Putting my phone away about an hour before bed and taking space to decompress from the day has helped me to feel more calm and has drastically improved my sleep.
A simple meditation practice at night helps me to sleep better.
I’ve always been resistant to meditation. I get itchy, bored, or simply fall asleep while attempting a long, formal practice. It annoyed the shit out of me when my ex discovered transcendental meditation, so it’s likely that I’m still holding a personal grudge. Still, studies show that meditation is highly beneficial to one’s mental and physical health, so I’ve stopped trying to fight it.
I’ve recently embraced the practice of sitting still, listening to my breath, and clearing my mind for a few minutes each night. If I’m feeling fancy, I’ll rub calming essential oils, like lavender or chamomile, and light a candle. Before putting my phone away for the night, I’ll sometimes use the Calm app. They have daily 10 minute guided meditations, and more in-depth options, that I love.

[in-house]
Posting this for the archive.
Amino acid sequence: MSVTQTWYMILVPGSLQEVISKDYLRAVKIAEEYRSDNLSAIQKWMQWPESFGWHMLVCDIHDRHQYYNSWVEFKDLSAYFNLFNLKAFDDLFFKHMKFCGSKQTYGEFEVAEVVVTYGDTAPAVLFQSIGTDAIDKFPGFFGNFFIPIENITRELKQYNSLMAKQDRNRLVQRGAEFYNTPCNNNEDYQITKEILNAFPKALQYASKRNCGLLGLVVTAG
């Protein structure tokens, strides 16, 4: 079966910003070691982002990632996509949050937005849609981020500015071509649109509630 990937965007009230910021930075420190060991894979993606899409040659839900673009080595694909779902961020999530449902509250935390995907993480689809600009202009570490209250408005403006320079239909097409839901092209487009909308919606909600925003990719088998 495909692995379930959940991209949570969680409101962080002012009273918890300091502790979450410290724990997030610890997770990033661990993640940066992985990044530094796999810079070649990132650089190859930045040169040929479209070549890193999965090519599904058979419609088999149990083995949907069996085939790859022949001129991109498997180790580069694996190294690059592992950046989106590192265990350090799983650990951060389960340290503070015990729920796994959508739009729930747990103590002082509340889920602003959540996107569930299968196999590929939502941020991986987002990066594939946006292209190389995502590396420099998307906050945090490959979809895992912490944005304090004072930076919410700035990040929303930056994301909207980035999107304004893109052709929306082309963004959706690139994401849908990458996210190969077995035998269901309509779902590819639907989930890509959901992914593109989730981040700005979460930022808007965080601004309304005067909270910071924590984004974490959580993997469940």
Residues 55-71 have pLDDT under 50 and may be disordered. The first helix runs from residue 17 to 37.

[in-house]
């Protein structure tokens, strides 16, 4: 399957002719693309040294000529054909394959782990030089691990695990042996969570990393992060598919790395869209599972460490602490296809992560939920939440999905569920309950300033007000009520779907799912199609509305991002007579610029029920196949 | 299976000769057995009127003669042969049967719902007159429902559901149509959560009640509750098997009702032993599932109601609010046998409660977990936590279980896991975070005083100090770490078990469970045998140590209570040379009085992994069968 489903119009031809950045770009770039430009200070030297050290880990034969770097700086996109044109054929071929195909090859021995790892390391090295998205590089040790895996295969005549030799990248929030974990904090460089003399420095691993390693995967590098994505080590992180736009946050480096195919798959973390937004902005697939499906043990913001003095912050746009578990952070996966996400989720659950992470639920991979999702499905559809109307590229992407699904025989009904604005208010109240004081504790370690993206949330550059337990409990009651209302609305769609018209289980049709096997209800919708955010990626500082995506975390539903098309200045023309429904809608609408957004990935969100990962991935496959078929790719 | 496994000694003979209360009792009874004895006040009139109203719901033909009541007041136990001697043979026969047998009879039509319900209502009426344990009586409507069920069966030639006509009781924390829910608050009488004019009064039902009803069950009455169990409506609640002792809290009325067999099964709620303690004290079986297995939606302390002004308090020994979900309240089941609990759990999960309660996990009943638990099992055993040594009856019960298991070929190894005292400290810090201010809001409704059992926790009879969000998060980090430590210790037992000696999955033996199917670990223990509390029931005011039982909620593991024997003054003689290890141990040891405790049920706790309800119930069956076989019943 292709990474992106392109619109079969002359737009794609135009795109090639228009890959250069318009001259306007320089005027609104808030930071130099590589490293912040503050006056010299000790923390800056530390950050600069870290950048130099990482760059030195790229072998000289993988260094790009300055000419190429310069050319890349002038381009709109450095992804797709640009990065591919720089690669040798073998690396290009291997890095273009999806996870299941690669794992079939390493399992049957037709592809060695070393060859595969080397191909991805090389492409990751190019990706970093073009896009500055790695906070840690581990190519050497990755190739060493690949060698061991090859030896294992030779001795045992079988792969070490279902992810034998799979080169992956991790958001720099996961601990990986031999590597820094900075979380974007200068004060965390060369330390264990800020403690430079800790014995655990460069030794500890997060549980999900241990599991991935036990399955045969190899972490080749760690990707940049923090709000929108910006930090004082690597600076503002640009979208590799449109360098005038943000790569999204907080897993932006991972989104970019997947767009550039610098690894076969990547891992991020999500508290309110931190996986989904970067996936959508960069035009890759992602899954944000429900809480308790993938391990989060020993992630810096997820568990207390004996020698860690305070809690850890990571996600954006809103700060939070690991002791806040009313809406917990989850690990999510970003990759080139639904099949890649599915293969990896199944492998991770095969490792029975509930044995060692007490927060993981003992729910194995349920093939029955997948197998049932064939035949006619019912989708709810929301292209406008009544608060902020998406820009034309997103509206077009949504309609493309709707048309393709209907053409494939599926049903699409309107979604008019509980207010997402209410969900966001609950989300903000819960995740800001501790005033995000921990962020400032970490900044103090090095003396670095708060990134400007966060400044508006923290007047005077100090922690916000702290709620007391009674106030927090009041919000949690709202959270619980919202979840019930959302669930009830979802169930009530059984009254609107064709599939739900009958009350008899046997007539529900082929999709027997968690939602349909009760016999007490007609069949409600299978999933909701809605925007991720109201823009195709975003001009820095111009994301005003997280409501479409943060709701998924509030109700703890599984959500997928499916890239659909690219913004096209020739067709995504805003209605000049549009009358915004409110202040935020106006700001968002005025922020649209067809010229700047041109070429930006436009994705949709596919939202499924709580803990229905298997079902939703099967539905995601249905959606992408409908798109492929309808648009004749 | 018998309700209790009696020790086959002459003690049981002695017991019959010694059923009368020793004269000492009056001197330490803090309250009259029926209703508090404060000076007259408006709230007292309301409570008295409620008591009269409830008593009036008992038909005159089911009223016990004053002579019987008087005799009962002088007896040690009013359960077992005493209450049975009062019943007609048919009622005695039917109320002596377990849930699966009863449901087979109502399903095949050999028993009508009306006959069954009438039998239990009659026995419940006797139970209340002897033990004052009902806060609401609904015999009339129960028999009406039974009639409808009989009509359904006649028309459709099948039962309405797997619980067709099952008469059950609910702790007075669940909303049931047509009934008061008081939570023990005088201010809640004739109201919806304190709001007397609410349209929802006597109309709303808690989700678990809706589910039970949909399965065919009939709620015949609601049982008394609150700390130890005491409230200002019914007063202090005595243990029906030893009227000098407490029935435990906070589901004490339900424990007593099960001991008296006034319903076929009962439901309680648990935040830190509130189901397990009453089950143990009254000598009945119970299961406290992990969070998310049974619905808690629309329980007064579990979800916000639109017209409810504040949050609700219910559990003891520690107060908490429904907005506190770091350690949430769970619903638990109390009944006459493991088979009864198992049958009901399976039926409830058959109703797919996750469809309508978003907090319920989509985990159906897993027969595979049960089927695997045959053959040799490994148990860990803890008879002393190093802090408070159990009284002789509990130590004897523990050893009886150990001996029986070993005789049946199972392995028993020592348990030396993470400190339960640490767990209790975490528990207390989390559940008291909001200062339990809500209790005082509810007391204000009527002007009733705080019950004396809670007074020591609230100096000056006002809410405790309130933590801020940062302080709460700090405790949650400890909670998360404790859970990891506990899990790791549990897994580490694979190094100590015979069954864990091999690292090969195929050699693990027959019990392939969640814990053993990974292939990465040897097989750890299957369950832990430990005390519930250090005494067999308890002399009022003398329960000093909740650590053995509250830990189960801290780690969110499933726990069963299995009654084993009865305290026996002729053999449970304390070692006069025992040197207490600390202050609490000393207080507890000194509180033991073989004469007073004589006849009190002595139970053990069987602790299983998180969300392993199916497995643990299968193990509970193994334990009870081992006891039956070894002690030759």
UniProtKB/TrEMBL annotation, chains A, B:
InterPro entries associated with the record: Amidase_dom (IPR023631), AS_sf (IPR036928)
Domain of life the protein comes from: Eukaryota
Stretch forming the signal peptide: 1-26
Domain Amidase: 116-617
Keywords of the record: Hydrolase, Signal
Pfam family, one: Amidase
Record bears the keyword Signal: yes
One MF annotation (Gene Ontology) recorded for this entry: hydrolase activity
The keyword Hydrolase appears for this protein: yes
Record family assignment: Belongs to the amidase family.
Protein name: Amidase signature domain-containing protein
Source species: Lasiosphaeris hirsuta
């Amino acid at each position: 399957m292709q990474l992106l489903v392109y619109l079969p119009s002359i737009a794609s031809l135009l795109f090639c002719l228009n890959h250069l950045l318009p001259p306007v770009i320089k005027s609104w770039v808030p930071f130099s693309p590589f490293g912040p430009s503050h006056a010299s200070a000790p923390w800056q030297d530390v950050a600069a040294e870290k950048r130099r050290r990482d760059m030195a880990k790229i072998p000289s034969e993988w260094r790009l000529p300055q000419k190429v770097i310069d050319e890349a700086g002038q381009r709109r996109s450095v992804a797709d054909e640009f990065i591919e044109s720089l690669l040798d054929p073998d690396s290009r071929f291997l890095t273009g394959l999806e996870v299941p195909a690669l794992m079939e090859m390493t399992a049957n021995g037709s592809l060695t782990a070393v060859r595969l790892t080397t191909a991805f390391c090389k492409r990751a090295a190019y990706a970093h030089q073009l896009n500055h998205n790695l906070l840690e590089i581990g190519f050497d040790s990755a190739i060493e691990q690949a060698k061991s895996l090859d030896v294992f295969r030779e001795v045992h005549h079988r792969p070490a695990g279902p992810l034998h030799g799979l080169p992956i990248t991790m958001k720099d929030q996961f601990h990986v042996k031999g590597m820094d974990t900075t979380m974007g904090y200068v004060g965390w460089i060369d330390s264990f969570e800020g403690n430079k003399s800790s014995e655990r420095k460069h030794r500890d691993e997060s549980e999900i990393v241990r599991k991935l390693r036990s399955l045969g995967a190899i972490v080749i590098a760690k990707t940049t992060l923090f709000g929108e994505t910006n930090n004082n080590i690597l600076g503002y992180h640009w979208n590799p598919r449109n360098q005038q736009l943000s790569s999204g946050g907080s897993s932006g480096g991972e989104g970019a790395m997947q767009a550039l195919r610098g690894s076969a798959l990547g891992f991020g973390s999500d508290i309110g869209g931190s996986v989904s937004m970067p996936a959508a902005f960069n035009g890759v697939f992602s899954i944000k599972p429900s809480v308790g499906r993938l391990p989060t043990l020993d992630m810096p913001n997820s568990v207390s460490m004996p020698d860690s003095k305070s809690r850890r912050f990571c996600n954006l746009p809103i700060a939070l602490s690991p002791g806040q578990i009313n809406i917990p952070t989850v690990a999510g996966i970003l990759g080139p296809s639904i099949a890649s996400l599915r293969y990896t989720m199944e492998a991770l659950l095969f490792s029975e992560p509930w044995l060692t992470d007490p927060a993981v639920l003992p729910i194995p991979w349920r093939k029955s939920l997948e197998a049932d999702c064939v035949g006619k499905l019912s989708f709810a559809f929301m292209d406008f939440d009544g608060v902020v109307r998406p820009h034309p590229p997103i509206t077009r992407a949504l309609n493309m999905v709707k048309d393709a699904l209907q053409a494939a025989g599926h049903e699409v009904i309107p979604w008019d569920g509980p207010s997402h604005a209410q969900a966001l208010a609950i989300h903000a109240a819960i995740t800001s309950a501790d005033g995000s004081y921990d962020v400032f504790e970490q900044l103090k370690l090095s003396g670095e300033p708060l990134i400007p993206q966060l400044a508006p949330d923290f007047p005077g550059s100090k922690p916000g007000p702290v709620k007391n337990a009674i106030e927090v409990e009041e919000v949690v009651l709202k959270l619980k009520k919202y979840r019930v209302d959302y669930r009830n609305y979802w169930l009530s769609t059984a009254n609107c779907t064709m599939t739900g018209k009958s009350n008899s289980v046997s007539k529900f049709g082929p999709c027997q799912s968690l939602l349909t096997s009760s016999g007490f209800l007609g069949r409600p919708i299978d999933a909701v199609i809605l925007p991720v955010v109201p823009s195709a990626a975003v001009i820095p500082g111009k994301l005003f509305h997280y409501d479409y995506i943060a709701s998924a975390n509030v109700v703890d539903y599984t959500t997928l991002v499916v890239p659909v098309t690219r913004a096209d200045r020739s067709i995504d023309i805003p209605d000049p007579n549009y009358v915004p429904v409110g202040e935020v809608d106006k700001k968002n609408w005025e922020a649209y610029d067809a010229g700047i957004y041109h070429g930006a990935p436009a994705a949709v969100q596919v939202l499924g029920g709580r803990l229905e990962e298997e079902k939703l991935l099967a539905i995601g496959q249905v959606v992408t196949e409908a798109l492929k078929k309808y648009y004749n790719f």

Reading also offers me a therapeutic escape.
Since childhood, reading has always provided me with a much-needed escape from reality. Whether I’m absorbed in a fiction novel or diving into a nonfiction topic of fascination, books help me to get outside of myself. They force me to stop multitasking, be still, and focus on the page in front of me.
Sharing book recommendations with friends in quarantine has also been a small way to add human connection and stay in touch with those that I miss. While I had trouble focusing early in quarantine, I’m now back in the reading game and have enjoyed “Women Talking” by Miriam Toews, “Big Friendship” by Aminatou Sow and Ann Friedman, “There There” by Tommy Orange, and “Little Weirds” by Jenny Slate.
My self-care rituals are far from perfect, but they have made a big difference for my mental health during this time.
As normal routines have been completely rocked, establishing regular touchpoints each morning and night has become my anchor. I’m still scared, sad, and anxious quite often, but this has helped me to feel a little more at ease each day.
Katie Nave is a freelance writer, advocate, and nonprofit communications specialist living in Brooklyn, New York. Learn more on her website.